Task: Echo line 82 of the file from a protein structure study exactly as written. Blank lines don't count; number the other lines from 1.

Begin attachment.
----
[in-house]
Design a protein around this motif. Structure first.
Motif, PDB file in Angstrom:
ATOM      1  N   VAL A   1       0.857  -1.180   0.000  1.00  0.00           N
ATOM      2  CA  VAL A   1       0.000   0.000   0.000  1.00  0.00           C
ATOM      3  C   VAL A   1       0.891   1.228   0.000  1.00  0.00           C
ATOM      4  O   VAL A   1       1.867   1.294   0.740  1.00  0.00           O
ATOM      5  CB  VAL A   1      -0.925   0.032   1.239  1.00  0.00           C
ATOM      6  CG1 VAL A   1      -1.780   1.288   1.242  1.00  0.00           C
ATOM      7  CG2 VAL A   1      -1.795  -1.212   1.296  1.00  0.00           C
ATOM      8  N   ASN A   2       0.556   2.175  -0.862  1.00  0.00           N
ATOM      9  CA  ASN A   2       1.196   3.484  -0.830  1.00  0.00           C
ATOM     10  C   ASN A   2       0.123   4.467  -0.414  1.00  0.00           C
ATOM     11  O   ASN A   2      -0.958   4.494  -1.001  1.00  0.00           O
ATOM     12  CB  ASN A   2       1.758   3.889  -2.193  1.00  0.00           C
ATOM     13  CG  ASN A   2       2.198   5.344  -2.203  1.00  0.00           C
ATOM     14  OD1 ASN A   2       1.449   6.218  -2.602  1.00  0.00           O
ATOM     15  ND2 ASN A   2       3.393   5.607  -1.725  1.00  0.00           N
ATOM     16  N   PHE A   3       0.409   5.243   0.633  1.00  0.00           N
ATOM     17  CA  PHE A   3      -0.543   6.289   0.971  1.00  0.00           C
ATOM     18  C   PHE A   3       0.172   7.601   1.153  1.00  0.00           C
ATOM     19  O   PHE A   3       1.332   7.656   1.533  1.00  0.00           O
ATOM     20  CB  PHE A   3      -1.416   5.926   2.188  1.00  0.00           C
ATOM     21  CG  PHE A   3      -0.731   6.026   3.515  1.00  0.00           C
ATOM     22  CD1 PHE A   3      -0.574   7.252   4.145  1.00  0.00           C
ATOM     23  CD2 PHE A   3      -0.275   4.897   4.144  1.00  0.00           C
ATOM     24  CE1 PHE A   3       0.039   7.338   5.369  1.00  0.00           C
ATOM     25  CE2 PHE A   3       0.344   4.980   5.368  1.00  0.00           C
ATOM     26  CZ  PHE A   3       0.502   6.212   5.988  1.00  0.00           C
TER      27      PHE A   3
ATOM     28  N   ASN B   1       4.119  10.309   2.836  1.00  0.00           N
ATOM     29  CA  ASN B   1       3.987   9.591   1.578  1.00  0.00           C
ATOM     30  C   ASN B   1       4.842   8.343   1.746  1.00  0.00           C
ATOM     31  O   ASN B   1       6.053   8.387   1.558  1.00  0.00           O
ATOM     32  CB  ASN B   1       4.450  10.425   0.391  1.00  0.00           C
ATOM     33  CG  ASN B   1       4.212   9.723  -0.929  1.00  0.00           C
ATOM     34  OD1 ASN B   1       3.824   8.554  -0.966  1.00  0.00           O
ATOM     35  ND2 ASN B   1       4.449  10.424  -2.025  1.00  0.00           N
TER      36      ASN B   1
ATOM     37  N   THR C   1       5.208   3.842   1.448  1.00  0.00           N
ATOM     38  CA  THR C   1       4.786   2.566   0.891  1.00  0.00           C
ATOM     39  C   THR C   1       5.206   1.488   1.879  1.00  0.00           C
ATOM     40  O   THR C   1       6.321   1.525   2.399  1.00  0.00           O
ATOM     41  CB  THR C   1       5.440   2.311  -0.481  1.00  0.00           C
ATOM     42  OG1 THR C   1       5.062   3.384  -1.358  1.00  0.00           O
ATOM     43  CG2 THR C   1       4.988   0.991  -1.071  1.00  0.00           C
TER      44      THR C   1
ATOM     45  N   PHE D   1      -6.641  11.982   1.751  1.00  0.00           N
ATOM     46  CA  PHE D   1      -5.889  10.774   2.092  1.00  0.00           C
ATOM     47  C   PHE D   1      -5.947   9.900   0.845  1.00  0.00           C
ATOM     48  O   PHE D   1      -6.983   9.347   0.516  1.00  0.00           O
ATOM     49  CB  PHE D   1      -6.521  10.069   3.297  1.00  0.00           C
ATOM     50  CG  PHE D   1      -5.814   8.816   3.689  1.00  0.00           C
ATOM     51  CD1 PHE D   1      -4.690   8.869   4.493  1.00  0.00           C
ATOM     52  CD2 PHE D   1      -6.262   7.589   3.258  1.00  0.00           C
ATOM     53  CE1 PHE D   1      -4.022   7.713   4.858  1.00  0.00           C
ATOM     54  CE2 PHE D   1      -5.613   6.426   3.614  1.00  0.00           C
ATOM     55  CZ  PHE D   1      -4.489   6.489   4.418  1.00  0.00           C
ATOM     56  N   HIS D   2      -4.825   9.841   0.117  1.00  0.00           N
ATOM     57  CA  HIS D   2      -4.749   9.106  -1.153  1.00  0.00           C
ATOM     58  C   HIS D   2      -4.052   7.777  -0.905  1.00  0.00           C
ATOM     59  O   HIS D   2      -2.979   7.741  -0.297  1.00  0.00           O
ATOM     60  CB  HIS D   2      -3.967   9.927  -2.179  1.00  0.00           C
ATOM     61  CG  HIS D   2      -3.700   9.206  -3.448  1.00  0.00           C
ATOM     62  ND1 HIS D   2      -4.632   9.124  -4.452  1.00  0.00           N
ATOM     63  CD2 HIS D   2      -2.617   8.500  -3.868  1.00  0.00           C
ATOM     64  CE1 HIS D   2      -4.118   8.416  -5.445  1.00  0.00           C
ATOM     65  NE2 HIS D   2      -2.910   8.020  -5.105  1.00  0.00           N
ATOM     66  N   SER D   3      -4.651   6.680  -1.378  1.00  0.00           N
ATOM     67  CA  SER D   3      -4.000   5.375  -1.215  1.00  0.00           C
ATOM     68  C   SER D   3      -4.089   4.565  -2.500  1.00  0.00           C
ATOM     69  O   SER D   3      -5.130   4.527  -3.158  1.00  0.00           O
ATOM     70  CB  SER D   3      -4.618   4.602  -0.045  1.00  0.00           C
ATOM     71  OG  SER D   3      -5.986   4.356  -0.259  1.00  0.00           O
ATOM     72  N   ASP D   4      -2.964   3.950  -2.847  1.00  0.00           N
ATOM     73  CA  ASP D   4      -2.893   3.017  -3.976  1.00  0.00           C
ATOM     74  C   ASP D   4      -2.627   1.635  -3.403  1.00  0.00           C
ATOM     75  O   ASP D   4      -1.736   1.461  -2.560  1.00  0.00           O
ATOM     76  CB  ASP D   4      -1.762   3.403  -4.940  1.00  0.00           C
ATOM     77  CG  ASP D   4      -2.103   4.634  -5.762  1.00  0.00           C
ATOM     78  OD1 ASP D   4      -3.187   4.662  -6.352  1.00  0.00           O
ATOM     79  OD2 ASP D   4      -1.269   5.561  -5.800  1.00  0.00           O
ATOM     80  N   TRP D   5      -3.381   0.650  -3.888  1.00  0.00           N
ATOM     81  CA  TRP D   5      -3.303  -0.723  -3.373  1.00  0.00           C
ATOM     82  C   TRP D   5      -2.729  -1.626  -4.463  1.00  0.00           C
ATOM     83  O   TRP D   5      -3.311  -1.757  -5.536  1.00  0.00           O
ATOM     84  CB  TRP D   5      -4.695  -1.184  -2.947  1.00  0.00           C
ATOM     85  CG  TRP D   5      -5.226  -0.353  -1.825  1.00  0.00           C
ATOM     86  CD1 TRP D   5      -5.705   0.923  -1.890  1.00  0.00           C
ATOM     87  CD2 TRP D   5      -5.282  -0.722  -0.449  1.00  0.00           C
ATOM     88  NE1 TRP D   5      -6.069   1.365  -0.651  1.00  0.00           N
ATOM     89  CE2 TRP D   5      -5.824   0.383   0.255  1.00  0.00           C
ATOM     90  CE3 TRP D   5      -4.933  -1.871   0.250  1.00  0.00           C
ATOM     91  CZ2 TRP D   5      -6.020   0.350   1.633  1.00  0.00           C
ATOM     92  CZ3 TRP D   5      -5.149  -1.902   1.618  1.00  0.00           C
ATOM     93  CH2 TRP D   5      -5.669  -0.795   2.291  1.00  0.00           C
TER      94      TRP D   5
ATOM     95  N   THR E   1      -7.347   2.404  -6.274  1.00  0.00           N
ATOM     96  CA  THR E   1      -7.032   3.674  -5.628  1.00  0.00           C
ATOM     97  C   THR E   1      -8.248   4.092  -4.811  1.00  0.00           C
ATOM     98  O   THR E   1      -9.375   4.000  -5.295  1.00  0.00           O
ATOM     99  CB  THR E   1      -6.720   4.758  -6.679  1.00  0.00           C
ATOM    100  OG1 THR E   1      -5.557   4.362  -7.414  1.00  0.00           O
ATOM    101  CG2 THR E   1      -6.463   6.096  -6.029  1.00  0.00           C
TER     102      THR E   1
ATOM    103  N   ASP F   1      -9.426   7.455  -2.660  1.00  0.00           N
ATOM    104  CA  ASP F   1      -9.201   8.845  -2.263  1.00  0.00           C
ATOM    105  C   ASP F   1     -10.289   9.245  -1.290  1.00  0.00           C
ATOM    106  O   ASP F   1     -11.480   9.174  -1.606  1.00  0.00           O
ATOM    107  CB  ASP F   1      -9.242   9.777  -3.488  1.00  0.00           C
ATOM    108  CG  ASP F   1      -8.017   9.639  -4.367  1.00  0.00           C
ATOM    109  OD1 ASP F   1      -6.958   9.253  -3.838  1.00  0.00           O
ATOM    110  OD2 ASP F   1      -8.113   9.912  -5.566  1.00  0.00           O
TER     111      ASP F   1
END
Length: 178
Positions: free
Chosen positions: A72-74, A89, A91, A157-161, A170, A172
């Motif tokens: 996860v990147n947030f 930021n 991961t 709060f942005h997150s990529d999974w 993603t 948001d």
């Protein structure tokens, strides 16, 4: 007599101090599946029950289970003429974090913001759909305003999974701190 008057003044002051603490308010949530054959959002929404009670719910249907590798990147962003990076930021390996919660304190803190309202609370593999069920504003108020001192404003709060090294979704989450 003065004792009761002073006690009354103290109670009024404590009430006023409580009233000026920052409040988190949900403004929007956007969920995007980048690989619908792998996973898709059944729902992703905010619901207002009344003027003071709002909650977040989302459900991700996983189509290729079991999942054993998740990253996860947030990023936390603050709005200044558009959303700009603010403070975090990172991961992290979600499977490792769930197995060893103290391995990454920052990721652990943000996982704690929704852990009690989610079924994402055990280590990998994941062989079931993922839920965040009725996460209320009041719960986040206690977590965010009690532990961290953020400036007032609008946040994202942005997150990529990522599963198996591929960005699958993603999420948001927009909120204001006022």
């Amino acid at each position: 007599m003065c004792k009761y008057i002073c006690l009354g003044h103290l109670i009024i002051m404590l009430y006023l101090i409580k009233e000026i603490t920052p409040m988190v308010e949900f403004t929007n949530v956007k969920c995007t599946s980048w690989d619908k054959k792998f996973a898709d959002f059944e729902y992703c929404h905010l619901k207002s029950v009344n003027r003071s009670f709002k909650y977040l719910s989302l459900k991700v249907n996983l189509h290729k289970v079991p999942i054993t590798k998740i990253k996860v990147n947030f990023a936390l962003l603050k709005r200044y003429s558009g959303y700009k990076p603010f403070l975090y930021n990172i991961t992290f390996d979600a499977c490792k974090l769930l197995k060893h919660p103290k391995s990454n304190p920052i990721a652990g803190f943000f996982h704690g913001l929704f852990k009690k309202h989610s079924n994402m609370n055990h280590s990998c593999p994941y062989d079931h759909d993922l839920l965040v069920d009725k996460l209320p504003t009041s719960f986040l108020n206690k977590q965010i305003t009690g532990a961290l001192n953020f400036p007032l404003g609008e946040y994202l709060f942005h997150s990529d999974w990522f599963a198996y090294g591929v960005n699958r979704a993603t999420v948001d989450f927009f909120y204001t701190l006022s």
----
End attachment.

ATOM     79  OD2 ASP D   4      -1.269   5.561  -5.800  1.00  0.00           O